Playwright Hugh Leonard finds heroes in humble men, the type who might live next door or sit near you on the bus. They are not heroes in any classical sense, but rather in the way they assemble the small shards and fractions of an average life, as in "A Life," his latest play, which opened a two-week run at the Olney Theatre Tuesday night (and which had a Broadway run last year), in a somewhat unready but delicate production.
Set in a small town outside Dublin, "A Life" is part of the same continuum as "Da," Leonard's earlier success, which premiered at Olney in 1973. "Da" grew from Leonard's memories of his father; "A Life" focuses on Desmond Drumm, the civil service employe who in "Da" gave the son a job and ended up feeling slighted by a moment of perceived indifference. Leonard has employed the same cinematic technique he used in "Da," with scenes changing as though with a shift of wind from the present to the past, from two couples in their 60s to the same couples in their 20s.
The character of Drumm, a curmudgeonly government worker on the verge of retirement, is the fulcrum of "A Life," but not, in the end, its hero. He is at a point in his life when he wants a summing up; he wants "an audit" and is prepared to take the consequences. Edward McPhillips has this pivotal role in Olney's production, and sadly has been unable to overcome the handicap of Olney's two-week rehearsal time. Unsure of his lines on opening night, he gave an outline of a character rather than a fully colored one. But he has a fine eye for detail -- the small twitch, the sour mouth -- and it seems likely his portrayal will flower as he becomes more confident of his words.
Drumm is a man who, standing with the crutch of "principle," has been cruel and mean to his fellows, shielding his vulnerability with a crust of disdain. A small, gray man from a tiny Irish town, he uses his cleverness and love of language to wound others with wit and derision they do not always understand. No one will attend his funeral, he predicts, except "a small group of split infinitives." He feels sorry for himself, believing he has paid the price for daring to be "different" from the average dumb cluck, and for keeping "standards" while others compromised.
He and his wife, and their friends Mary and Lar, live in a lower-middle-class, small-town world in which owning a "motor car" seems the height of luxury and education is not considered a necessity. The young Drumm lost Mary to Lar, an oafish man whose good nature compensates for his inability to find a job. Drumm married Dolly, a sweet soul who can't help being profoundly irritating. During the play, Drumm repairs a breach in his friendship with Mary and Lar, with the flashbacks to their youthful selves revealing the tricks and self-censorship of memory.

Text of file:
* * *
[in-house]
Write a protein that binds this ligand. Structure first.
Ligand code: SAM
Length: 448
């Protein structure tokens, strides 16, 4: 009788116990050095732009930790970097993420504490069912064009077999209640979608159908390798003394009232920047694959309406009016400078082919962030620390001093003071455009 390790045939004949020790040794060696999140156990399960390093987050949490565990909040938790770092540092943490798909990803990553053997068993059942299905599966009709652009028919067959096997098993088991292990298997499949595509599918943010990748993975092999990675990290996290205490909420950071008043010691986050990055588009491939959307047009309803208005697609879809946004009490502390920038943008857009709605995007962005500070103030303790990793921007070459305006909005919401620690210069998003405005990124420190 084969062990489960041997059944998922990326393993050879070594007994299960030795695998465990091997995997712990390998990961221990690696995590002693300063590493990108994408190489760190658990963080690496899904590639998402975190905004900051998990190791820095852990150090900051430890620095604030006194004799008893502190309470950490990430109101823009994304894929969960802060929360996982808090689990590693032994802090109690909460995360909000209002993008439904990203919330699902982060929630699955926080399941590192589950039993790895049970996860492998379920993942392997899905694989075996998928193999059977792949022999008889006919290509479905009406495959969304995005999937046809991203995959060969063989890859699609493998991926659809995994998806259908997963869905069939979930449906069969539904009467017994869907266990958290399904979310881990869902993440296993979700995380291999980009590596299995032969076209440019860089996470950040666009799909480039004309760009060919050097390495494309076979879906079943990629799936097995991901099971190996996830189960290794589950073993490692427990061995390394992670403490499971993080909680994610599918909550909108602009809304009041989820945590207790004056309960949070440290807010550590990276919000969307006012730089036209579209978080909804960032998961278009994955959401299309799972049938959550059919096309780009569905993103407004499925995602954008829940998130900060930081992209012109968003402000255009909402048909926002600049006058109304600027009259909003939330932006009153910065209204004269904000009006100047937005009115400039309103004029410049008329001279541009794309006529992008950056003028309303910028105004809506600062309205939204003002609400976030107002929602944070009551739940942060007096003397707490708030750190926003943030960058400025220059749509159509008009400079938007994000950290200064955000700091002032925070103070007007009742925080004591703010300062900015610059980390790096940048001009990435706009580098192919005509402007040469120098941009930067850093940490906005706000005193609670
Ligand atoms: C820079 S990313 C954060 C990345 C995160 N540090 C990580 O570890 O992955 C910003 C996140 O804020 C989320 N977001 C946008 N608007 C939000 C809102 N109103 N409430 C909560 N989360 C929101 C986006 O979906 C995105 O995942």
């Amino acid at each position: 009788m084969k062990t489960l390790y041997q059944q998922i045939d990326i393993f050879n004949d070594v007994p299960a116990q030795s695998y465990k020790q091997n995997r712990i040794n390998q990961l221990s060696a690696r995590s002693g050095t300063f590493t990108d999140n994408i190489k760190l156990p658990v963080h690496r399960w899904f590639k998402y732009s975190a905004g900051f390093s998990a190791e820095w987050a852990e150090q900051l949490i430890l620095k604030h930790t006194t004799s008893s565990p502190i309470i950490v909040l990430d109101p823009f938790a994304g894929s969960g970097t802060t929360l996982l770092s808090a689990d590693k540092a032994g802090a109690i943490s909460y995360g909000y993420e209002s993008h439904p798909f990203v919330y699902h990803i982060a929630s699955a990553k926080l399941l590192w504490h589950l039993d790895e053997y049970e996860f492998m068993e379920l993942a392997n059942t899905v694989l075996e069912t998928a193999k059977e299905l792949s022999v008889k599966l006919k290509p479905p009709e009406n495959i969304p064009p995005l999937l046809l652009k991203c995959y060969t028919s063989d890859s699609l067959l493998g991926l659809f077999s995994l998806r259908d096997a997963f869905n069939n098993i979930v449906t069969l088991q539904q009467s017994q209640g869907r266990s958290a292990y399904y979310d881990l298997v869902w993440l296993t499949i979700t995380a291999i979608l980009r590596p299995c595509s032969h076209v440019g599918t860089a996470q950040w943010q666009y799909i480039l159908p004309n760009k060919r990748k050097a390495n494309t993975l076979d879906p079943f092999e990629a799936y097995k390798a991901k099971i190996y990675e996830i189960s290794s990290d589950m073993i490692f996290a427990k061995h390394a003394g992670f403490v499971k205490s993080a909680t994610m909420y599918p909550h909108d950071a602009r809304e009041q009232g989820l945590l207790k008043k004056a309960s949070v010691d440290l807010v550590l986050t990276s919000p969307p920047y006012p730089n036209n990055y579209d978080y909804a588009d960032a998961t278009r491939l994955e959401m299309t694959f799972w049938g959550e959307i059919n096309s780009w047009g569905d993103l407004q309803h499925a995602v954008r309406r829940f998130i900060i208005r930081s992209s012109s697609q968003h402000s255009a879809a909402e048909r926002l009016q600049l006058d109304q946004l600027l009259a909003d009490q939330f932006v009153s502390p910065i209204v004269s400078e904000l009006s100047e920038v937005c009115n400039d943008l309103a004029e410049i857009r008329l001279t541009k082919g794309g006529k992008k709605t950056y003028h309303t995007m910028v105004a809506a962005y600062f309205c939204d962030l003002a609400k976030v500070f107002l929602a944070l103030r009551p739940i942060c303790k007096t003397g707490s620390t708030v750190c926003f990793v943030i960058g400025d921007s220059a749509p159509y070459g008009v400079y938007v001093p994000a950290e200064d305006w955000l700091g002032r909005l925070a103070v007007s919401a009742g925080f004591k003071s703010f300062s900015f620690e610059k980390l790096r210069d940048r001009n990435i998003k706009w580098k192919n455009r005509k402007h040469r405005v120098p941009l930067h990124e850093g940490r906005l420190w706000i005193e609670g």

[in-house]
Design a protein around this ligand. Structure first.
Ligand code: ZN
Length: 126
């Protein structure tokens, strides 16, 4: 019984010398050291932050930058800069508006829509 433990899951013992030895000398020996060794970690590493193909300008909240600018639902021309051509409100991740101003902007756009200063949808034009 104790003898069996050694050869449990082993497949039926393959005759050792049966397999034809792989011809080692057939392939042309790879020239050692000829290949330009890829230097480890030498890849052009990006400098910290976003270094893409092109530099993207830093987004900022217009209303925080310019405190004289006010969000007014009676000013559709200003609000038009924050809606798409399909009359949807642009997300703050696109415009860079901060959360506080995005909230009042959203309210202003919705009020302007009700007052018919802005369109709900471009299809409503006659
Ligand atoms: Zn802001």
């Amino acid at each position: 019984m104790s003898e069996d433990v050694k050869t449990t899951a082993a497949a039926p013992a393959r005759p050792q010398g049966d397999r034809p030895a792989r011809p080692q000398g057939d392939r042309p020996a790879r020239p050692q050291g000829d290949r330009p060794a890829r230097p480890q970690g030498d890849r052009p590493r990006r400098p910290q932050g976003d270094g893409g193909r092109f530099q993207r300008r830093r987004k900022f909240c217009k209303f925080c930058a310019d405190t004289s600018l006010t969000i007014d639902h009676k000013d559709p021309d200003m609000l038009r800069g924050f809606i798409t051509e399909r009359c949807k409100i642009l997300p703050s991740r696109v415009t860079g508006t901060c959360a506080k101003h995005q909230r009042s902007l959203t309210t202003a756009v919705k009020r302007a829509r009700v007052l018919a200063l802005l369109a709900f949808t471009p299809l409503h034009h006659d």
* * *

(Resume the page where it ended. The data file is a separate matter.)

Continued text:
Was his long-ago speech at an oratorical contest a rout or a success? Did he and Mary ever get beyond the flirtation stage? It is hard to tell; ambiguities are the stuff of life.
In many stories, the lonely crusader, the one who is different on "principle," is the hero, the wronged bearer of a standard of integrity. In "A Life," the oafish Lar and the irritating Dolly prove to have more generous spirits than Drumm, the man of principle, and Mary matches Drumm's "truth" with more than enough of her own. In the end, Drumm acknowledges his failure: "Instead of friends, I've had standards . . . My contempt for the town, for the wink and the easy nod and the easier grin -- it was cowardice . . . What I called principles was vanity . . ."
The rest of the production had an uncooked feel about it, a sense of something about to happen that never does. The strength of Pauline Flanagan as Mary and Paddy Croft as Dolly is welcome; John Neville-Andrews, while showing a bit too much shoe polish in his hair, gives the character of Lar the jolliness and vulnerability it needs. The quartet of younger performers are all fine.
"A Life" is a difficult play. The scene changes are hard to accomplish without jerkiness, and it takes acute sensitivity to highlight the tension hidden behind the teacups. Director James Waring has that sensitivity, and the set and lighting he designed serves him well, although the scene changes, which are done mostly through lighting, could be accomplished more deftly. The three-arena set, representing past, present and both, looks rather like a diorama perched on Olney's tiny stage, a slice of dingy contemporary Irish life.